Monday, 24 October 2011
'The Wind Gives and the Wind Takes'
Alpha Ventus is currently the largest wind farm to be built under open-sea conditions. It is situated in the North Sea off the coast of Germany.
The Spiegel has an informative article on Germany's offshore wind turbine industry and in particular details of the installation of Alpha Ventus. The base elements, which are as tall as buildings, were welded together in Scotland and Norway. The tubes in the seafloor came from Rostock in north eastern Germany, the transformers from Regensburg in Bavaria and the rotor blade from Bremerhaven and Stade, near Hamburg.
Notice anything? As Alex Salmond remarked in his speech at the SNP conference on Saturday, it's a sad state of affairs when Scotland can't afford to develop and produce its own turbines and has to rely upon foreign companies for supplies. The decision to bring Longannet to an abrupt halt is a massive blow to the fledgling offshore renewable industry and a decision which appears to have been taken for political rather than practical reasons.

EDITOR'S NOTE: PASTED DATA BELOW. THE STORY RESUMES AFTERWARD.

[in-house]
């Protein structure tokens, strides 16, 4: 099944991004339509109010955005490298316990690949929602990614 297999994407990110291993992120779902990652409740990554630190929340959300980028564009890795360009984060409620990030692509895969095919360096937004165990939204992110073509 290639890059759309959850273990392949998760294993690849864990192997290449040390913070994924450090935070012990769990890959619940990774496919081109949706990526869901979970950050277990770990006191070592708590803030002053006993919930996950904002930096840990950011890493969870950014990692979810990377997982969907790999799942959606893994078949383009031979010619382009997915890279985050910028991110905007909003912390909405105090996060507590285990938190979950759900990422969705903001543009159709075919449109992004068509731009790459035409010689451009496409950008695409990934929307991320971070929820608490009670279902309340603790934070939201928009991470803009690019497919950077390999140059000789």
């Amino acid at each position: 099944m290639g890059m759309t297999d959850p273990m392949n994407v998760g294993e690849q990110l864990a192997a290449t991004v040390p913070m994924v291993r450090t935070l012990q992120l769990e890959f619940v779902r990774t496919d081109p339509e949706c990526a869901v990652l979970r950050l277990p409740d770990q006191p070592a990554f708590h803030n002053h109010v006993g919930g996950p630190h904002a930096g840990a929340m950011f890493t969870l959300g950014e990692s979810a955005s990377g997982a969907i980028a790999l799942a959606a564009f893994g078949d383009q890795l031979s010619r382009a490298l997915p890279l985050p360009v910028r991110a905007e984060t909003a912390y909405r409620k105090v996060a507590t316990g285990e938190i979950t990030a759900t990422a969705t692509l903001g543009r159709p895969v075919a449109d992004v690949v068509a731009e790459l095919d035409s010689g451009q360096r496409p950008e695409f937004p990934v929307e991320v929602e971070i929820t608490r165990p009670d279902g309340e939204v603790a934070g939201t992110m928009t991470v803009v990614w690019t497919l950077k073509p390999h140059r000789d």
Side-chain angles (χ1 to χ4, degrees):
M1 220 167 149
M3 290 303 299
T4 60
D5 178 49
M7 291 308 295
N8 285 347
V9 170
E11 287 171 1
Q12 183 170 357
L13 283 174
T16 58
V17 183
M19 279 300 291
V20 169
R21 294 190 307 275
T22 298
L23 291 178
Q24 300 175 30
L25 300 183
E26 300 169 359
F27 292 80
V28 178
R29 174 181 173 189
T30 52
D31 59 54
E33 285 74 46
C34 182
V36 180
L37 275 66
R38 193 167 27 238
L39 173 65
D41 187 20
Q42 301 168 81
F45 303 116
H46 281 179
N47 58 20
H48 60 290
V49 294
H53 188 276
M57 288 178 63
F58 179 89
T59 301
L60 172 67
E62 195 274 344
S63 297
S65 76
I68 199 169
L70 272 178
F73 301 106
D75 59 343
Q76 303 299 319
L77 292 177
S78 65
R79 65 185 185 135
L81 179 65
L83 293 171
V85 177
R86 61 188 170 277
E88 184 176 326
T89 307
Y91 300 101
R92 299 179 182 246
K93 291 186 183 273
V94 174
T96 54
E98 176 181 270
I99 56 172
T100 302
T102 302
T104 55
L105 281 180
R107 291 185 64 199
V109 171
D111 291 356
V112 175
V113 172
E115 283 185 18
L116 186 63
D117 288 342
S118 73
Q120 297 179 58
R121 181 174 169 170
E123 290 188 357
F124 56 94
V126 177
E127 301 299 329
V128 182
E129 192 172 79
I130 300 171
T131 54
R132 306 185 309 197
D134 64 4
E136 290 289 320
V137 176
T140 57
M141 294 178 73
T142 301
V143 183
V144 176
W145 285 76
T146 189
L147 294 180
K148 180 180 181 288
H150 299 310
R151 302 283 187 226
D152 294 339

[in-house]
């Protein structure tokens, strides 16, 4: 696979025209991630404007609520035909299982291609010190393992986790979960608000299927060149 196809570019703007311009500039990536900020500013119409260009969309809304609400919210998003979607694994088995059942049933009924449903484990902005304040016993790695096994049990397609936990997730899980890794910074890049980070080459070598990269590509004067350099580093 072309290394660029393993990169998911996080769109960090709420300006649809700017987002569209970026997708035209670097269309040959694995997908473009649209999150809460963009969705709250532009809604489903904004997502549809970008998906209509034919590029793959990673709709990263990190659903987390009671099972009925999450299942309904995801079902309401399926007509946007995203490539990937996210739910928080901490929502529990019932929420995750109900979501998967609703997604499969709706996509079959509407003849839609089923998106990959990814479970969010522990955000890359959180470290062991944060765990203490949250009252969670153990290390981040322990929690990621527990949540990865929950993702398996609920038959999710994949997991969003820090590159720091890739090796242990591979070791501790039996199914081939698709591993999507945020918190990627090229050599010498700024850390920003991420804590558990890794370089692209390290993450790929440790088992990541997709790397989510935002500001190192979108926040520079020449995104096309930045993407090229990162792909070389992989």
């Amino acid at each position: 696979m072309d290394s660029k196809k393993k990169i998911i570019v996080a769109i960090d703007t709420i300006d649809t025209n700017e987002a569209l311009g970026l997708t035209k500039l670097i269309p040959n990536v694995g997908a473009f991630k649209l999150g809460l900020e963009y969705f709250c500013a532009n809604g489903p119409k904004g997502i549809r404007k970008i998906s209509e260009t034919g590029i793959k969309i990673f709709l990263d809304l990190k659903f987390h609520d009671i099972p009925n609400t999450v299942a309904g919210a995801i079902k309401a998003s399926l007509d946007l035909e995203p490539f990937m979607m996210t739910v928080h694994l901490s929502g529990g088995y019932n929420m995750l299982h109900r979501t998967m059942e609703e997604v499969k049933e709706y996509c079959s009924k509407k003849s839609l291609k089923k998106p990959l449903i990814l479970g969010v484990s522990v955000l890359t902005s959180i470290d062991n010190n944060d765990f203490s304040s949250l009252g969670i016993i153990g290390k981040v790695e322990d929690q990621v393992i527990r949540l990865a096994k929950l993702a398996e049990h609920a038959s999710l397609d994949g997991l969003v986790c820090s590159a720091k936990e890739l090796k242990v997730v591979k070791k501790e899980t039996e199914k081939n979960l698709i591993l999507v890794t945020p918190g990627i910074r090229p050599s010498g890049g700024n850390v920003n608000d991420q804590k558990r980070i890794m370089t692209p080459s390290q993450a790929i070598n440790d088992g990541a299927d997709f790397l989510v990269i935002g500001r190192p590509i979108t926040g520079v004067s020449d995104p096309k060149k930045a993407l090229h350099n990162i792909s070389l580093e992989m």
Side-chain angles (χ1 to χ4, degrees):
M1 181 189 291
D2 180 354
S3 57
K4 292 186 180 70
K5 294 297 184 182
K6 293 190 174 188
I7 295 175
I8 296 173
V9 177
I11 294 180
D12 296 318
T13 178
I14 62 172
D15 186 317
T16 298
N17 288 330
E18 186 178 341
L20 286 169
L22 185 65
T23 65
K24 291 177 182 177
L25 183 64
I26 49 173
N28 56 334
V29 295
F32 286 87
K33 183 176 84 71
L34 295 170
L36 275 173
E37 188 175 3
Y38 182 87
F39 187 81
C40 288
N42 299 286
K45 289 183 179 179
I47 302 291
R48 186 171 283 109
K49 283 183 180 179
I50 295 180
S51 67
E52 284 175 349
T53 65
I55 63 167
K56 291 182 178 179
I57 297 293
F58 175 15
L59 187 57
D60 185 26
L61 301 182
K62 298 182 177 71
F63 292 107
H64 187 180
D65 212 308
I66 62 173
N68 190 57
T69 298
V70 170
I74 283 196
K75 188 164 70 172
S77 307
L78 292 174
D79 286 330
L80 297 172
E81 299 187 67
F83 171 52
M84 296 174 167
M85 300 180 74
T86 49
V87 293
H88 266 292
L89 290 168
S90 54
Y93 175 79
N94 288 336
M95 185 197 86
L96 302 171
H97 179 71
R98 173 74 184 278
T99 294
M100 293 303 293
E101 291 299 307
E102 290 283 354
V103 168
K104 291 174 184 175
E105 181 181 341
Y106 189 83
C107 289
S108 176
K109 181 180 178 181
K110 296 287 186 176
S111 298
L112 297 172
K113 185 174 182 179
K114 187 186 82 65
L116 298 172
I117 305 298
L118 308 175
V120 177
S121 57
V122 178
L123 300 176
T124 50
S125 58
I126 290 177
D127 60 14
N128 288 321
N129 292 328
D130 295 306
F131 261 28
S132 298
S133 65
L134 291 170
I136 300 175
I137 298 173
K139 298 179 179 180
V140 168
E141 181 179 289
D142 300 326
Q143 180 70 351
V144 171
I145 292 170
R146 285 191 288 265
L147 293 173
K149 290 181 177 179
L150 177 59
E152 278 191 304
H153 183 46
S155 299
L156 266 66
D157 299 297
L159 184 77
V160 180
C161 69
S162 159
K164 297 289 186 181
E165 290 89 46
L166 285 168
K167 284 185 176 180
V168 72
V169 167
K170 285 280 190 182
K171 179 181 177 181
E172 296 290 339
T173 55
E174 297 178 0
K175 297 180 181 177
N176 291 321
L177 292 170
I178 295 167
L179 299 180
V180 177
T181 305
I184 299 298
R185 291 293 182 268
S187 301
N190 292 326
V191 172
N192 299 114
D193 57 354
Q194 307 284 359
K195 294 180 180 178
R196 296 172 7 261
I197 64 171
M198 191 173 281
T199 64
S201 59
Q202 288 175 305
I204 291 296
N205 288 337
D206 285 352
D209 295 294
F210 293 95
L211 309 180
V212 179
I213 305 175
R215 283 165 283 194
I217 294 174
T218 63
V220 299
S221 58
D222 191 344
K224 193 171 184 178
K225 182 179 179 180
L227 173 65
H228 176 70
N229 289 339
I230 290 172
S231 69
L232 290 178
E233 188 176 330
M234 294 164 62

Germany, like Scotland, has made a bet it can't afford to lose when it decided to at least partially replace nuclear with wind energy. But offshore energy production is an expensive business and each individual plant currently requires about 450 maintenance hours a year - far too much according to Ralf Klooster who is the supervising technician for an Alpha Ventus maintenance team. The amount of time his ship's crew can work in a single stretch will be reduced to 10 hours soon and when that happens two crews will be needed for maintenance. Costs will increase. Says Klooster: "They're not as strict about this in England." I wonder if that also applies to Scotland.
The Spiegel article is written by a journalist who spent a day with Klooster and his team. It certainly gives an insight into the offshore wind turbine industry. A worthwhile read.